Depicted: a car driving up the vertical glass side of a skyscraper.
The fine print: Professional driver on closed course. Do not attempt.
You know what I say? Give it a shot, bunky. Drive up the side of a building.
A few days ago I was reading an article by Bill Barnwell over at ESPN. Barnwell writes long, data-driven articles about sports (mostly football), and he has the ability to make what is often very dry subject material interesting. In this case, he caught my attention for something that wasn’t there.
This article was something like Blah Blah Blah NFL’s 10 Worst Teams. What he said about each team doesn’t matter for this episode; what matters is the list itself.
10. Denver Broncos
9. Detroit Lions
8. Buffalo Bills
7. Oakland Raiders
5. New York Giants
4. Tampa Bay Buccaneers
3. Cincinnati Bengals
2. Miami Dolphins
1. Arizona Cardinals
Don’t see it? Look at number 6 again.
When I noticed that, I dared hope for a moment that ESPN had decided as a powerful media company to simply not use an offensive racial slur on their site.
Nope. The r-word is still all over the place. But at least Bill Barnwell has made the choice to never utter it. If enough of his colleagues do as well, maybe something will change.
One of my fellow code warriors at work is considering moving south from her little place in Oakland. Up there, she has a small home in an interesting neighborhood. “Interesting” is code for diverse, but I don’t think it’s offensive code. Fellow code warrior has young children, and when she moves she doesn’t want to lose the ethnic diversity of her current place.
I applaud that. I’m behind it all the way, fizzing with my enthusiasm for the idea. But I can’t help but remember that WE (affluent white people) are choosing to live with THEM (everyone else, especially non-native English speakers). THEY don’t have a symmetric choice to live with US.
Still, raising OUR kids with THEM, maybe the kids won’t notice the caps, or even the ‘them’, and just get on with life.
Today on the radio I heard an ad from McDonalds. It went like this: slow down from your hectic life and take a few minutes to wolf down a breakfast at our fast food chain.
To emphasize, we have the flag bearer of food with speed realizing that people aren’t slowing down enough to eat their breakfasts. So now they’re saying, “Hey, slow down, bud! Cut twelve minutes out of your day to have a McGriddle!”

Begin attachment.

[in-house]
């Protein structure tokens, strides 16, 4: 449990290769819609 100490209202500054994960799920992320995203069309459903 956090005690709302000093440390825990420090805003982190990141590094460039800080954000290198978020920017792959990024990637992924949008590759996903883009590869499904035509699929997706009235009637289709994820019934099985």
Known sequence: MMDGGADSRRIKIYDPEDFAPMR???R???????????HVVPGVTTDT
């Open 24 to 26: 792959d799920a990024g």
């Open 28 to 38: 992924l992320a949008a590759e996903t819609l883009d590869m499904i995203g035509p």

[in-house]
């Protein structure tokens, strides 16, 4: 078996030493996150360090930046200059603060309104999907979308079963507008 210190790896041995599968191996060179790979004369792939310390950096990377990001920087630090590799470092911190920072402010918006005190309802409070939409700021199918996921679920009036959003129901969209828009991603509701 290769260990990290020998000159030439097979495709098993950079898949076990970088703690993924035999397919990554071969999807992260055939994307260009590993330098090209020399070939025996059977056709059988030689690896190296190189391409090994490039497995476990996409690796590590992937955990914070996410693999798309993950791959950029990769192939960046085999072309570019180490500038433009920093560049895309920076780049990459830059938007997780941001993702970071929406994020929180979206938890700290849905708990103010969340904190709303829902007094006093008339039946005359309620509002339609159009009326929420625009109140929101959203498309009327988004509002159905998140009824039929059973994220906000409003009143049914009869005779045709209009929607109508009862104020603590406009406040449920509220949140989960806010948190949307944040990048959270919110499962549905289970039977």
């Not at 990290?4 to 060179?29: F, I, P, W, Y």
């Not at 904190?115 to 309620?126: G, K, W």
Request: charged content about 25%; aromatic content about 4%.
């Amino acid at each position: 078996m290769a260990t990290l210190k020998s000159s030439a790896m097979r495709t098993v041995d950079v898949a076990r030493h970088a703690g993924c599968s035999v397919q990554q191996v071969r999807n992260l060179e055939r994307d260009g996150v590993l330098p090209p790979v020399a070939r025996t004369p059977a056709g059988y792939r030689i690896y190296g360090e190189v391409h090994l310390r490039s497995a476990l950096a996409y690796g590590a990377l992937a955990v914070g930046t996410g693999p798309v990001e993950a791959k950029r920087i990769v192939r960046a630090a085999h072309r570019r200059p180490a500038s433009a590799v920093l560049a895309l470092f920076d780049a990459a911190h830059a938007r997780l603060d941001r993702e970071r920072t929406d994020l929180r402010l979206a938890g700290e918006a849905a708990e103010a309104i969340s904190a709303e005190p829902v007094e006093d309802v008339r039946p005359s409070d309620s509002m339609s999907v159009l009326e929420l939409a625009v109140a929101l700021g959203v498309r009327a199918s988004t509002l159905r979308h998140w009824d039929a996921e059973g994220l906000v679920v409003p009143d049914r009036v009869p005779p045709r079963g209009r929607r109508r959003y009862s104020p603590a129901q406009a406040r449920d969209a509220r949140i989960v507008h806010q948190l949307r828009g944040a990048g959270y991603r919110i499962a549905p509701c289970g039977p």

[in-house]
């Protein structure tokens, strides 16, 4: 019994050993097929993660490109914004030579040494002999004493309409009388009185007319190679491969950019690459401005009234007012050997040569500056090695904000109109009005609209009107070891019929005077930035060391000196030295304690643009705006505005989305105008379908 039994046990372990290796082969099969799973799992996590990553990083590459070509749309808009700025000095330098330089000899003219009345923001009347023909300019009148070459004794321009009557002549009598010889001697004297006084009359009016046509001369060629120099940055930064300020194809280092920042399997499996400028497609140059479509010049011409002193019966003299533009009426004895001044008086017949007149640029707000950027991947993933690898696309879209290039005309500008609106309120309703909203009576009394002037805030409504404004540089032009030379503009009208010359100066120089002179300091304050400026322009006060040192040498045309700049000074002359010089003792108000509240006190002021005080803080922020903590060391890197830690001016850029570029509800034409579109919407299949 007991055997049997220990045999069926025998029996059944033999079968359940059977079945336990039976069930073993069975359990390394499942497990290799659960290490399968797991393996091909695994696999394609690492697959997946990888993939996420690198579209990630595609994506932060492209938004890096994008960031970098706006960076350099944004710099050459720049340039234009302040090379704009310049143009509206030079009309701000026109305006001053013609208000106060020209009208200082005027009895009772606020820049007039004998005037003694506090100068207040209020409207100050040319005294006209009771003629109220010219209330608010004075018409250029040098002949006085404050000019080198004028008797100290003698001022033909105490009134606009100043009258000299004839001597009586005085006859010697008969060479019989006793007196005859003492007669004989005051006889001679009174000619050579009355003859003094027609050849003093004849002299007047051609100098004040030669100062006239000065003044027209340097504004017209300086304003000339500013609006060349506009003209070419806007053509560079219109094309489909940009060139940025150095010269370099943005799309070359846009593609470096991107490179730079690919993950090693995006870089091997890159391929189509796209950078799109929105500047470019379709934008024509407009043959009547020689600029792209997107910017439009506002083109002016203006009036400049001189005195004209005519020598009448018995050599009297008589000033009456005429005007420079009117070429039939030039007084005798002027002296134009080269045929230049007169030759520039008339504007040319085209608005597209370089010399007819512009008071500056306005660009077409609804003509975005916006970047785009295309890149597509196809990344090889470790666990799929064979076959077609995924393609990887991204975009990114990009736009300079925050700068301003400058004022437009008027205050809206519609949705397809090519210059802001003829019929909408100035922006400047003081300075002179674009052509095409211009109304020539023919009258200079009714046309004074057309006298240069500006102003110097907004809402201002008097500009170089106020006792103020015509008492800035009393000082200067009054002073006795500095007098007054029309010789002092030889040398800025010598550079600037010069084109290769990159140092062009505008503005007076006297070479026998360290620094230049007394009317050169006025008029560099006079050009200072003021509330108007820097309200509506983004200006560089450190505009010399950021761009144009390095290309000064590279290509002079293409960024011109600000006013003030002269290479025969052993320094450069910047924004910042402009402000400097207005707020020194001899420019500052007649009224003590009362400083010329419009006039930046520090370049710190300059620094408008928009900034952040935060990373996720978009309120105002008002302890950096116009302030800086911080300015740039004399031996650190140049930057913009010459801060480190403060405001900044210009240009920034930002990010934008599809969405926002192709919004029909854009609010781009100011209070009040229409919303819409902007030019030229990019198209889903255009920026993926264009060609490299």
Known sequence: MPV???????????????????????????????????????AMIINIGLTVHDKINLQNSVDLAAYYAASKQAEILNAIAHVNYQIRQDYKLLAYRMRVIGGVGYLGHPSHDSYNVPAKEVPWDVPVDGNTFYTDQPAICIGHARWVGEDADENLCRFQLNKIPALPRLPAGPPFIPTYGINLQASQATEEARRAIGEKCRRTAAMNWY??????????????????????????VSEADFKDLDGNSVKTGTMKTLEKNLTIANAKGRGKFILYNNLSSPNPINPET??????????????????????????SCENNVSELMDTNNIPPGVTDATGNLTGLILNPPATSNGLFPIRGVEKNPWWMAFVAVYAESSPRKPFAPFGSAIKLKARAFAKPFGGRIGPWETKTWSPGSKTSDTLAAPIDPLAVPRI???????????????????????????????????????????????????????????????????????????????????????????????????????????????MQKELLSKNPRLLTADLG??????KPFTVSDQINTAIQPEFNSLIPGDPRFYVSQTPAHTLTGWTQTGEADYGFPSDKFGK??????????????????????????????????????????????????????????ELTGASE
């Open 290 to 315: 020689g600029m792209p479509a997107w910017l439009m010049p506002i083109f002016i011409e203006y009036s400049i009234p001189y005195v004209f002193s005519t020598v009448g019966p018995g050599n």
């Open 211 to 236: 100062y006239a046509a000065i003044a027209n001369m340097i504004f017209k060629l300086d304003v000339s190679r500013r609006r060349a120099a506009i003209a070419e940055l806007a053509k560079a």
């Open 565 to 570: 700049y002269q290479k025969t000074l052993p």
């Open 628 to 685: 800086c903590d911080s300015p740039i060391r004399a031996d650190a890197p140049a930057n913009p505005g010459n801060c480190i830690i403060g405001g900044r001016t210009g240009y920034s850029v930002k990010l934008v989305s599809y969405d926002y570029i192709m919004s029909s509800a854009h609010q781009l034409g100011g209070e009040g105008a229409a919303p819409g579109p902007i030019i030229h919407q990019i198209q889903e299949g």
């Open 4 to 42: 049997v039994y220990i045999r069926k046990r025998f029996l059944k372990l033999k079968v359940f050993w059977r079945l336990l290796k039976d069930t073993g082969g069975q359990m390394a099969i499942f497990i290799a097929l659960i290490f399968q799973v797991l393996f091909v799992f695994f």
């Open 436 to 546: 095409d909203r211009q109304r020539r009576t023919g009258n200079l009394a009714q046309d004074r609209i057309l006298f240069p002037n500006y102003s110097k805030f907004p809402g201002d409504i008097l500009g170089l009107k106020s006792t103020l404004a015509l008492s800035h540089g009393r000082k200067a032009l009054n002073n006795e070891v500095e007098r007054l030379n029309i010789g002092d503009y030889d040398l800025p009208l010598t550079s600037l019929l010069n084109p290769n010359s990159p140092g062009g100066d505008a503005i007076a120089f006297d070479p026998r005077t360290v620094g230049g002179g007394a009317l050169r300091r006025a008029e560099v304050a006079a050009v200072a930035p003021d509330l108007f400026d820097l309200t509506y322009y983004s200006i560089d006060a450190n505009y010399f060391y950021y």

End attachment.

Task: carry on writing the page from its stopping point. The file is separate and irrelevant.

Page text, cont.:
I grew up in a small town, but one of my first visits to a large city carries with it an enduring memory. A man, skinny and bedraggled, on a street corner, shouting obscenities into his hat. I was just a kid back then, and didn’t understand the tragedy that man represented. I was just perplexed. I learned, somehow, later, to be afraid of people like that — maybe the reaction of the people around me that day informed that fear. Which is awful.
Yesterday, walking down the street in San Jose, there was another man standing on a corner shouting into the air, a stream of profanity. I just assumed he was on the phone.
I learned the former when using the Web site to report for jury duty in Santa Clara County. Links to the locations of the courthouses take you to MapQuest.
For a brief explanation of the latter, MapQuest is overrun with intrusive advertising, and the “get directions to a place” feature does not include public transportation.
My next post is likely to be observations on the Wheels of Justice. Oh boy!
In an article at I Fucking Love Science, about strange references in hundreds of scientific publications to a paper that doesn’t exist, is this sentence:
Nevertheless, it seems that the phantom reference is a symptom of wider problems within academic science publishing, such as low-quality control, careless editing, and – the real bugbear – predatory journals.
The article’s actually pretty interesting, and worth the thirty seconds it would take you to read it. But man. Low-quality control, in a sentence about low-quality editing. If you’re ever going to be really, really careful about a sentence you write, it should be the one critical of others’ editorial standards.
This afternoon I opened a door in the house to find a dog waiting anxiously for me on the other side. It took my mind to an old comic by Gary Larson, in which lab-coated dogs are studying diagrams of doorknobs, marked up with vectors and other sciencey-looking things.
Knowing how it could change the lives of canines everywhere, the dog scientists struggled diligently to understand the Doorknob Principle
I wondered if somewhere in a dimension far away yet right here, there might be a similar comic pinned to a tetricle (a four-dimensional cubicle) featuring humans and the speed of light.
I’m on the patio this evening, wearing a sweatshirt but naked from the knees down. My whiskey glass is unwhiskied, but there’s a simple remedy for that.
Moments ago a tiny creature landed on my glowing screen, backlit by pixels. These tiny bugs annoy me, because it seems their entire purpose in life is to swim in something I want to drink. And when they’re not swimming they’re flying around my eyeballs or crawling across my screen or exploring my nasal passages. The little fuckers bother me mightily.
So naturally when this little critter landed on my screen, my first instinct was to flick out my hand and crush it. But… lit that way, I could really see how well-constructed the creature was. It possessed a symmetry and a focus in construction that I had to pause and appreciate. A much better spokesman for intelligent design than any mammal will ever be.
I stayed my hand, and it flew away. If it landed in my glass, I am now digesting it. A more honorable death, for sure.